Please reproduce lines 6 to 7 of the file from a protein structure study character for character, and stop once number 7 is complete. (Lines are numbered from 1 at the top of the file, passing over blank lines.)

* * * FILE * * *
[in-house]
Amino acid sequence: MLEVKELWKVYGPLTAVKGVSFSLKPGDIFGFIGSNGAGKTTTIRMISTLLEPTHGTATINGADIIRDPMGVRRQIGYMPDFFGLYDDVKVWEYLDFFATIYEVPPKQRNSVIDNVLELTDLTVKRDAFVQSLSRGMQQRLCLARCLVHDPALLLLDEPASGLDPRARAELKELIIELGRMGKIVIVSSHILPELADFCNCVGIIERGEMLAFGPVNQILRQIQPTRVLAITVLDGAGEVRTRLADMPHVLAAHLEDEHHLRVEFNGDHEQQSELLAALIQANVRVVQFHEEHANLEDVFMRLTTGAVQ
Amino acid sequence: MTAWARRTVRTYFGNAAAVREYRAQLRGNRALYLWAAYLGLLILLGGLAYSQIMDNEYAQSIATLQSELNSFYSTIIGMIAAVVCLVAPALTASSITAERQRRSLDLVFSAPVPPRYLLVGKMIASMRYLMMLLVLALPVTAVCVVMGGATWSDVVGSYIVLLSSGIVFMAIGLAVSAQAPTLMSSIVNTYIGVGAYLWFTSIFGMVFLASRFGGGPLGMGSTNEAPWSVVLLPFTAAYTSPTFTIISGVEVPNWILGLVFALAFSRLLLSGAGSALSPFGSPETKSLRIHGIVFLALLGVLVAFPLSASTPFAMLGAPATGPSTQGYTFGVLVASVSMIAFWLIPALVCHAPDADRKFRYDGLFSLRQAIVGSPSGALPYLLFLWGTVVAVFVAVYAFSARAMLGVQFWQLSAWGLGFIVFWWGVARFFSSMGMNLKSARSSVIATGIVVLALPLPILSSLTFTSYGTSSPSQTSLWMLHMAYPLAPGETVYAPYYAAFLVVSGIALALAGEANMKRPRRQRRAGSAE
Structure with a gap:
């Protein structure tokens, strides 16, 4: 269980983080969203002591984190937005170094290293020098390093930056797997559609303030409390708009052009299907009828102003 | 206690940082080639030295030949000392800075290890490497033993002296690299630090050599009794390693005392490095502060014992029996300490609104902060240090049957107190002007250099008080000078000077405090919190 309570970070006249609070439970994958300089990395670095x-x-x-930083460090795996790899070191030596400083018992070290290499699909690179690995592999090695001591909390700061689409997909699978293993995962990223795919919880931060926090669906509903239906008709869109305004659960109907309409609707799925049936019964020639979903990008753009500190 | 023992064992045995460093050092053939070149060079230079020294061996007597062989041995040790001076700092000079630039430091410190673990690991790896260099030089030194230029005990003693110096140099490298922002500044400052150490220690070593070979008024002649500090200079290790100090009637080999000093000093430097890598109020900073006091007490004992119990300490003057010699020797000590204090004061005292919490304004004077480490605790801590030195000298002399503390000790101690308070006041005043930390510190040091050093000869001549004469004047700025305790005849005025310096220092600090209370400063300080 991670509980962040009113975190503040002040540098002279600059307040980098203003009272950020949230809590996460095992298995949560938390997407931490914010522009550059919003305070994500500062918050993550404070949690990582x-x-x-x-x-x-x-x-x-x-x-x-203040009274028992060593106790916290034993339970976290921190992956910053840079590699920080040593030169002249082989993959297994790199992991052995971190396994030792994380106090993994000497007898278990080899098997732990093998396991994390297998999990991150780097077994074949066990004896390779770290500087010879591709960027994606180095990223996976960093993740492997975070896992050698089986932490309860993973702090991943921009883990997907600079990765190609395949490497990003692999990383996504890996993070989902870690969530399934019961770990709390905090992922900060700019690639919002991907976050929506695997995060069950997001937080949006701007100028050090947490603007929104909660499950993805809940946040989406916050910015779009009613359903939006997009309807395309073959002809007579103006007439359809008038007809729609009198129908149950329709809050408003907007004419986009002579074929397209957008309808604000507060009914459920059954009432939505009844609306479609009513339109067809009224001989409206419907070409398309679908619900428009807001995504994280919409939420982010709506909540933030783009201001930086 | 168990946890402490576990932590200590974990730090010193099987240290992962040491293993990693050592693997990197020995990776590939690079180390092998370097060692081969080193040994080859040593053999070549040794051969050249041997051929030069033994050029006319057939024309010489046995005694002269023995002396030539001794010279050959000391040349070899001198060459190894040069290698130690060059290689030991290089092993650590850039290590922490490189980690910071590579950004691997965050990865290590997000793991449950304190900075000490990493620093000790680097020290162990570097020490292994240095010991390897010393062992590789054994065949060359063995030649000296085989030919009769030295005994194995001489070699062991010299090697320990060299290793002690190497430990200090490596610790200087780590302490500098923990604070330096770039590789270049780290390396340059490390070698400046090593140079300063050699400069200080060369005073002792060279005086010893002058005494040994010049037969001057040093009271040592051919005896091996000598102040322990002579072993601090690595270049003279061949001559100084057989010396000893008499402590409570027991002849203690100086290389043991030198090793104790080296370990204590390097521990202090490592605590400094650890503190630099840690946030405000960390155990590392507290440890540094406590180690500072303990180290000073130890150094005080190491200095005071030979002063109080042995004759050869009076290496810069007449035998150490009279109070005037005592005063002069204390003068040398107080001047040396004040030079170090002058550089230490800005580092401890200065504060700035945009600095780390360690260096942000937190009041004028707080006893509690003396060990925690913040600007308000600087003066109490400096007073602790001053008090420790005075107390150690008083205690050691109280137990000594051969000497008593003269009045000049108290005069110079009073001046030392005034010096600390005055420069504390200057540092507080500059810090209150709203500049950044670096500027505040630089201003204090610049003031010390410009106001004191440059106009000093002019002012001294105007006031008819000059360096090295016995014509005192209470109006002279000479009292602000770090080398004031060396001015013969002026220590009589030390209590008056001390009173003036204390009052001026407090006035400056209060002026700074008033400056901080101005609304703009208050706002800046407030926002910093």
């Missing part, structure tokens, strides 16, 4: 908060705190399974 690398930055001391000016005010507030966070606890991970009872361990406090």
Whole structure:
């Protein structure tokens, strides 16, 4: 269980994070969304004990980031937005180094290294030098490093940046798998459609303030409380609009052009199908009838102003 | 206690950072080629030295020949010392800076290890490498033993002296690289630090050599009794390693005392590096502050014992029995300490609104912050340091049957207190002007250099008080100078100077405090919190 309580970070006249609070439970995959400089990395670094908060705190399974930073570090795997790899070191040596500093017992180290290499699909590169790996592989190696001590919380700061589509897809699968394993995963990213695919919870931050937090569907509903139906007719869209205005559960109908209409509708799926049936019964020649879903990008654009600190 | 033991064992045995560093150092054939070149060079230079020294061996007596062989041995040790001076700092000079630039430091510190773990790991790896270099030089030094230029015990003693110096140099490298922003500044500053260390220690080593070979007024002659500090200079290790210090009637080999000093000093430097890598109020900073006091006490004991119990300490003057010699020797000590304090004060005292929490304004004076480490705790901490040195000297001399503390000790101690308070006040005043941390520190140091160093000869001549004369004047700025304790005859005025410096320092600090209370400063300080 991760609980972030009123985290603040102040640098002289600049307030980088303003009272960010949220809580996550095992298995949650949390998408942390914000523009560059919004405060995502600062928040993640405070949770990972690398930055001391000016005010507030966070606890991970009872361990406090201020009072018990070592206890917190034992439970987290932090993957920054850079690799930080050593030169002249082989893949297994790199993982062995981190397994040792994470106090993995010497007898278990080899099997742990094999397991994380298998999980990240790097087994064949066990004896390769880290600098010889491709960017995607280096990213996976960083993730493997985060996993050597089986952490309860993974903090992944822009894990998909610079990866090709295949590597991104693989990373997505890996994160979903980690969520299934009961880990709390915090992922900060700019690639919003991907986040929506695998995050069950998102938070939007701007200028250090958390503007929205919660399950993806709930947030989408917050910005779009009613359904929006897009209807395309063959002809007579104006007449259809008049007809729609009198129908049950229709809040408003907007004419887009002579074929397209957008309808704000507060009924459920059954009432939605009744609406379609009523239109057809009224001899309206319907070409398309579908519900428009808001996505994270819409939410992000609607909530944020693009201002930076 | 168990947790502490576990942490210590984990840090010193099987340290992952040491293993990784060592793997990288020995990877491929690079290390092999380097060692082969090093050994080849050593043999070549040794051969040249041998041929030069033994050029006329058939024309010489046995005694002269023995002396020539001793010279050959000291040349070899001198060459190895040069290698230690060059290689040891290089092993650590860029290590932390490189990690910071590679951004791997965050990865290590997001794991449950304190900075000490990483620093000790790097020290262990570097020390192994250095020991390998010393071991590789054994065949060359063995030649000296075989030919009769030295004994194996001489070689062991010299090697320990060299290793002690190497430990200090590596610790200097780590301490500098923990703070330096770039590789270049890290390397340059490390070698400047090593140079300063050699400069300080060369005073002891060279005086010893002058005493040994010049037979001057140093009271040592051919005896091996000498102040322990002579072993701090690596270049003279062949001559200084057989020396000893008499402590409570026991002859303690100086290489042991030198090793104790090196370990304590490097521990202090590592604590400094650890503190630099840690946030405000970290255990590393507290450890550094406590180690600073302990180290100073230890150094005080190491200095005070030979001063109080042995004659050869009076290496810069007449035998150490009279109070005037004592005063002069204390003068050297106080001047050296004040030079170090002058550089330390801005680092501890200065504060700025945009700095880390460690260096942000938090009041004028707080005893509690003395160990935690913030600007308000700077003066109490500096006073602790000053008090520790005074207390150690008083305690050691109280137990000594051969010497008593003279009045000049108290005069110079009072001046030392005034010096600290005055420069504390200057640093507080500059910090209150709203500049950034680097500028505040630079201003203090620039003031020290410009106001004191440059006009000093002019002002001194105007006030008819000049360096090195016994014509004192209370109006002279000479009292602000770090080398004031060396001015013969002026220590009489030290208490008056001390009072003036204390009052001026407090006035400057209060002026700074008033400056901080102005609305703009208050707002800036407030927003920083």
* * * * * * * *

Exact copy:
């Missing part, structure tokens, strides 16, 4: 908060705190399974 690398930055001391000016005010507030966070606890991970009872361990406090």
Whole structure: